U.S. allies and partners have also imposed additional sanctions:
- G7 countries: The G7 committed to phasing out or banning Russian oil imports while also working together to ensure that global energy supply remains stable.
- European Union: As part of its sixth package of sanctions against Russia, the EU will phase out Russian crude oil within six months and refined oil products by the end of 2022. The EU also committed to removing Sberbank and two other Russian banks from the SWIFT system and banning the use of European accounting and consulting services by Russian companies.
- United Kingdom: The UK announced new sanctions on Russia and Belarus targeting 1.7 billion euros worth of trade. Among the specific targets are Russia’s manufacturing and heavy machinery industries.
The NAM’s actions: On Friday, representatives from the U.S. Department of Commerce joined the NAM’s weekly Trade Forum for a discussion with NAM member companies on the U.S. response to Russia’s unlawful invasion of Ukraine. The discussion focused on the implications for U.S. exporters and other businesses, as well as U.S. government resources that can help NAM members stay informed.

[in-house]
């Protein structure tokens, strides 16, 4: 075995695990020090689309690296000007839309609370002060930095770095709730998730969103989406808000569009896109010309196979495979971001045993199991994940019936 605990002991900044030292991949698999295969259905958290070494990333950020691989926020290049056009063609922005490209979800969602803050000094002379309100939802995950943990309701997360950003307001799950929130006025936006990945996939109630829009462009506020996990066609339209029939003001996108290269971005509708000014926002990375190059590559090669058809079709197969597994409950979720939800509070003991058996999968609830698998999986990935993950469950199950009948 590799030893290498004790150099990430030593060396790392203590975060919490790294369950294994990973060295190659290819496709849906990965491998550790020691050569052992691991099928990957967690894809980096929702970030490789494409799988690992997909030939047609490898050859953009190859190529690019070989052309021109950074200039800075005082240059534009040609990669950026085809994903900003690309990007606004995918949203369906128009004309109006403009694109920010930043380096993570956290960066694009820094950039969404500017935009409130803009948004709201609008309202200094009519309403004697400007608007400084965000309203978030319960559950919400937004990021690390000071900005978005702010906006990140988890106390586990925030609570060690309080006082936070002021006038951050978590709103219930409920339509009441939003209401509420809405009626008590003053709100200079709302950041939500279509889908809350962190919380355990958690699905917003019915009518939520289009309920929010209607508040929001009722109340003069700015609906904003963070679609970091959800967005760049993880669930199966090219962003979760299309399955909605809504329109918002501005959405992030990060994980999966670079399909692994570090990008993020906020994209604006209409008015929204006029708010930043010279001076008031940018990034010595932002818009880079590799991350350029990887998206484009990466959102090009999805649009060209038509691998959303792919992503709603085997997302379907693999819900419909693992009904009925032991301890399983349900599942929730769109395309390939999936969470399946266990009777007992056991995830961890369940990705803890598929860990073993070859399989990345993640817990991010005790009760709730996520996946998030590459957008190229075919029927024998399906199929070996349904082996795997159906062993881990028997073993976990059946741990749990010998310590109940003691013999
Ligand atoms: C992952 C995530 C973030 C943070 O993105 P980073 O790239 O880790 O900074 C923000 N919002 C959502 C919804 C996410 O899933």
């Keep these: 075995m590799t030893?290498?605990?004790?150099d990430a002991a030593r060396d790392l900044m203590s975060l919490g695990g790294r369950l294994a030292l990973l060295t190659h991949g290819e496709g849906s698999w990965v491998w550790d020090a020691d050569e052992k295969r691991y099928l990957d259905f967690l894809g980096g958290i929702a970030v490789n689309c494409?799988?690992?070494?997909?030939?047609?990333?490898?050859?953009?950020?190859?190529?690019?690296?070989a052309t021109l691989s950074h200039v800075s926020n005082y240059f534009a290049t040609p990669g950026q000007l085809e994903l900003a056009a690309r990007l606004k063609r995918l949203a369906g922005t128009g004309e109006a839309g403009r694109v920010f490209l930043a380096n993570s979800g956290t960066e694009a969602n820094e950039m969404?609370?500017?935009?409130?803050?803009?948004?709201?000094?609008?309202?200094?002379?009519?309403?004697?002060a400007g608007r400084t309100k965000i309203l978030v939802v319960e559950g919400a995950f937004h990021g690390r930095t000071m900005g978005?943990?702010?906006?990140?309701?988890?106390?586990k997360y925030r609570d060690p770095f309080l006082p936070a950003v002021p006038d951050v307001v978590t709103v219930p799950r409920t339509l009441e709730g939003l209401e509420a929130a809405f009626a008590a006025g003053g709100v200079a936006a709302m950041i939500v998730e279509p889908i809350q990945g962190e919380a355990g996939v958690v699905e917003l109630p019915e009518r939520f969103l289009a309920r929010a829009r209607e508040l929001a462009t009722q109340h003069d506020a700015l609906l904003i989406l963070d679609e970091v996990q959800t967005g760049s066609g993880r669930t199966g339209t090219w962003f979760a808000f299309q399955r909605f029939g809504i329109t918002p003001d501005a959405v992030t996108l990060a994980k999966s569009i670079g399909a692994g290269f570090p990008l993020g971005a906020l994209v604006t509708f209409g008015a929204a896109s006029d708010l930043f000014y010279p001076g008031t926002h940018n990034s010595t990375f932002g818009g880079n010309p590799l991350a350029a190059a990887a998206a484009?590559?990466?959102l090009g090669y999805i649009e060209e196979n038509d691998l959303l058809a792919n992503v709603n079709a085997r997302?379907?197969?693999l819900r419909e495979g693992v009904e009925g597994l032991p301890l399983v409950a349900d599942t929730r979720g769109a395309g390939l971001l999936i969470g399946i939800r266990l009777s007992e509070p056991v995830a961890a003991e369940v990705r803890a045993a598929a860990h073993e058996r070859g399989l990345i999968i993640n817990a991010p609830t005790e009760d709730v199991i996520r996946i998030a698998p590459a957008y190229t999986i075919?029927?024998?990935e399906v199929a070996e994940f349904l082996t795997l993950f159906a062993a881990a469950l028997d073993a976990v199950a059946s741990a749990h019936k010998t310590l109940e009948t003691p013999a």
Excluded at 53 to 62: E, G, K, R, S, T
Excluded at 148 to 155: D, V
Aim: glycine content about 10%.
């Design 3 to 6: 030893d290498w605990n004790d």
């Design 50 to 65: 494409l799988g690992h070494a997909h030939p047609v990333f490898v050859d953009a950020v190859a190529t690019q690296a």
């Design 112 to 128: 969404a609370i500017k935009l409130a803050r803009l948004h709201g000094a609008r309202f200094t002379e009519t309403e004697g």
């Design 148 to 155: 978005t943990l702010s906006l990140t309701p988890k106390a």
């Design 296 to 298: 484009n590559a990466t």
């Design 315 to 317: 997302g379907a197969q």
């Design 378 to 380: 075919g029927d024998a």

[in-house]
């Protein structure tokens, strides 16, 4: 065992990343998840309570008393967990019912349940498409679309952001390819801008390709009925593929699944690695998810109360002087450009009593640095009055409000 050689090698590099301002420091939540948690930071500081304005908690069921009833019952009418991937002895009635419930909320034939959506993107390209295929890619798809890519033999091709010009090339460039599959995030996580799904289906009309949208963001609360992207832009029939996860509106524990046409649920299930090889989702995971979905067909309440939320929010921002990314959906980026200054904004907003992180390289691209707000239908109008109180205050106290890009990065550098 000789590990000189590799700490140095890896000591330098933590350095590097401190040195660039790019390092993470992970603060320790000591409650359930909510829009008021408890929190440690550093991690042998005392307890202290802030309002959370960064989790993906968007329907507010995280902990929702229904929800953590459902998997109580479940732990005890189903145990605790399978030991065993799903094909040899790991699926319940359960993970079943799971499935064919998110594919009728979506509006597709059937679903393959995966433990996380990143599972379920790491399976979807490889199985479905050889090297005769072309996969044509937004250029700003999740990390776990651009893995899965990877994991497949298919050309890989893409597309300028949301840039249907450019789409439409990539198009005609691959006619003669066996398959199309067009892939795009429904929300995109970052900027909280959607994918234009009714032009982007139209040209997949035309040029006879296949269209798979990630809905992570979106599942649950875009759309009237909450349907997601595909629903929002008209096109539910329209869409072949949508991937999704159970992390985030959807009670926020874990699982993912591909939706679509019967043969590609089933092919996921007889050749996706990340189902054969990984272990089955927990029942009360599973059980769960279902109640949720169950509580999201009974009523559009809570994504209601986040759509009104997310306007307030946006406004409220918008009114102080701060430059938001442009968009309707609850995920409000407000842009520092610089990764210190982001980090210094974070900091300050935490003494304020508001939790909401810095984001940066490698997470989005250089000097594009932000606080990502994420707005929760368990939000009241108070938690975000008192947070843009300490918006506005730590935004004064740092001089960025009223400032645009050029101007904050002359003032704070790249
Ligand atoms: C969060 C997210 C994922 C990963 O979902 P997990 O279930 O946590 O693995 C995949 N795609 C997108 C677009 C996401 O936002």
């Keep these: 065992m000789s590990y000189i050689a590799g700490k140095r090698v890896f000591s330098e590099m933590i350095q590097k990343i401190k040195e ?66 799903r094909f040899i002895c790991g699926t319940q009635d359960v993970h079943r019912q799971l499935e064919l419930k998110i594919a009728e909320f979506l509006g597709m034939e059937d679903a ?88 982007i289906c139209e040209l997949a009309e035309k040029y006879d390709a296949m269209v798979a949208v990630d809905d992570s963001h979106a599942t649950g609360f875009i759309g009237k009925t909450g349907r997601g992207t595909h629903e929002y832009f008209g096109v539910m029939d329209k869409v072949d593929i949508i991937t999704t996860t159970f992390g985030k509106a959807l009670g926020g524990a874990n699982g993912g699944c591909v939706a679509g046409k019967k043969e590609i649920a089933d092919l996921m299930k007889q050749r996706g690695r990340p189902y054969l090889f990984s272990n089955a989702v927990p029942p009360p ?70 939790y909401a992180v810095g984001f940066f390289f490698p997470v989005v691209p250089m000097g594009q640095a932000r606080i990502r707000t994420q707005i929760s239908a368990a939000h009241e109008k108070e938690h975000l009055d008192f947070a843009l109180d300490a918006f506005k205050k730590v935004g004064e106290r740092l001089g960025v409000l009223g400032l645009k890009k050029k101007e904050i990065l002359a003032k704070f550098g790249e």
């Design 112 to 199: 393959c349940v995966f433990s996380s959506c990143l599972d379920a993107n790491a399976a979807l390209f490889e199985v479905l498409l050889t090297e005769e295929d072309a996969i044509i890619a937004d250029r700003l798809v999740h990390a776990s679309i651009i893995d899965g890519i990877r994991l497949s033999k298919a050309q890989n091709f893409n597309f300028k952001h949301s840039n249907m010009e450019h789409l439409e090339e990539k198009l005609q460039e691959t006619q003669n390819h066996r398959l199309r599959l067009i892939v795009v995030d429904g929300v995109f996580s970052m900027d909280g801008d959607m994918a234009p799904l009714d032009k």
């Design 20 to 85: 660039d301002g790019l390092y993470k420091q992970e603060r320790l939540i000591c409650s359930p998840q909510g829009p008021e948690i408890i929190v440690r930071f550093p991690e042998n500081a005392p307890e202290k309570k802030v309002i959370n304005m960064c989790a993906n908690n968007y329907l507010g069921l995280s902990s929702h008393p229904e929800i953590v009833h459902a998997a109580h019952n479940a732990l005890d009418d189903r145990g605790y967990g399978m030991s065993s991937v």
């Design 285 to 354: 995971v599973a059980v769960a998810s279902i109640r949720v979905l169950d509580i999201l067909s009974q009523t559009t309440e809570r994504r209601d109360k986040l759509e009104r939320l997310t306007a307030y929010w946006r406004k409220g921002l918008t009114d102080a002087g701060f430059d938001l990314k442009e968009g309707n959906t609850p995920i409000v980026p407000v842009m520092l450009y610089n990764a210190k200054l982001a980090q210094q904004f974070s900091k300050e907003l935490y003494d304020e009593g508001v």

- “Last week’s special meeting with the Commerce Department was a vital opportunity for manufacturers to underscore our support for efforts by the Biden administration and bipartisan congressional leaders to hold Russia accountable and bring peace to Ukraine,” said Ken Monahan, Vice President of International Economic Affairs.
- “As the NAM Board of Directors declared in a resolution approved unanimously on March 8, manufacturers stand with the people of Ukraine, and our industry is committed to sustaining and safeguarding democracy and democratic institutions not only here at home, but also abroad.”
A new overtime rule from the U.S. Department of Labor is likely to change some of the existing rule’s white-collar exemptions. NAM Vice President of Infrastructure, Innovation and Human Resources Policy Robyn Boerstling joined us to explain what’s happening.